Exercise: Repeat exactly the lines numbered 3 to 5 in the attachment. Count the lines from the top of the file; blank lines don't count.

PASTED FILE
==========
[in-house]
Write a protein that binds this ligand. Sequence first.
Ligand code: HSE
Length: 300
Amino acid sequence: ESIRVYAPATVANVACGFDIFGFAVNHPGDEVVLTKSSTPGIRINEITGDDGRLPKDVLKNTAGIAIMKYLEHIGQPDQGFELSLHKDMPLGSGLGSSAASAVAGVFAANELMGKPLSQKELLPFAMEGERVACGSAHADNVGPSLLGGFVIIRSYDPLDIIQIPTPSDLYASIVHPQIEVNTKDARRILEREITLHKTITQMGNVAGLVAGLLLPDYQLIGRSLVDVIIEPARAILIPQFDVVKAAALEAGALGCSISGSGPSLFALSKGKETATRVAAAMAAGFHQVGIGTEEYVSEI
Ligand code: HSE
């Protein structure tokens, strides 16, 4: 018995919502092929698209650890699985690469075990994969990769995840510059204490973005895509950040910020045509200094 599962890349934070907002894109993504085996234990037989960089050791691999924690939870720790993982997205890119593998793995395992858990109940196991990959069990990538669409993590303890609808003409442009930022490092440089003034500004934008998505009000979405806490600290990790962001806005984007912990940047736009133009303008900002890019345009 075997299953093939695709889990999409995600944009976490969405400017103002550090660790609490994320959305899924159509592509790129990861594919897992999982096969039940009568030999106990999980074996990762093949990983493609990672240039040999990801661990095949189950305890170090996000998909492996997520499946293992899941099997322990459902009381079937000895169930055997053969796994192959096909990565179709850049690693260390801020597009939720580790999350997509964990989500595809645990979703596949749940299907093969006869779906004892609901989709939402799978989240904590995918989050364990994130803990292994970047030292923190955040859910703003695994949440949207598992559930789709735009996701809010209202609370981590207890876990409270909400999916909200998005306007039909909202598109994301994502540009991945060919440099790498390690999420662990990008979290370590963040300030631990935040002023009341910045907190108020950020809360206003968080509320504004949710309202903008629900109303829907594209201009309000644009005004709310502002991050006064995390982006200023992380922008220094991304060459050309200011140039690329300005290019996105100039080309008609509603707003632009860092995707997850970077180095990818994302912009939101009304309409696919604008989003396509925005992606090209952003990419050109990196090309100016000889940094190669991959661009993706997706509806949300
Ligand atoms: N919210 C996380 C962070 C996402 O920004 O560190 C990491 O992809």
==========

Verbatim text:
Ligand code: HSE
Length: 300
Amino acid sequence: ESIRVYAPATVANVACGFDIFGFAVNHPGDEVVLTKSSTPGIRINEITGDDGRLPKDVLKNTAGIAIMKYLEHIGQPDQGFELSLHKDMPLGSGLGSSAASAVAGVFAANELMGKPLSQKELLPFAMEGERVACGSAHADNVGPSLLGGFVIIRSYDPLDIIQIPTPSDLYASIVHPQIEVNTKDARRILEREITLHKTITQMGNVAGLVAGLLLPDYQLIGRSLVDVIIEPARAILIPQFDVVKAAALEAGALGCSISGSGPSLFALSKGKETATRVAAAMAAGFHQVGIGTEEYVSEI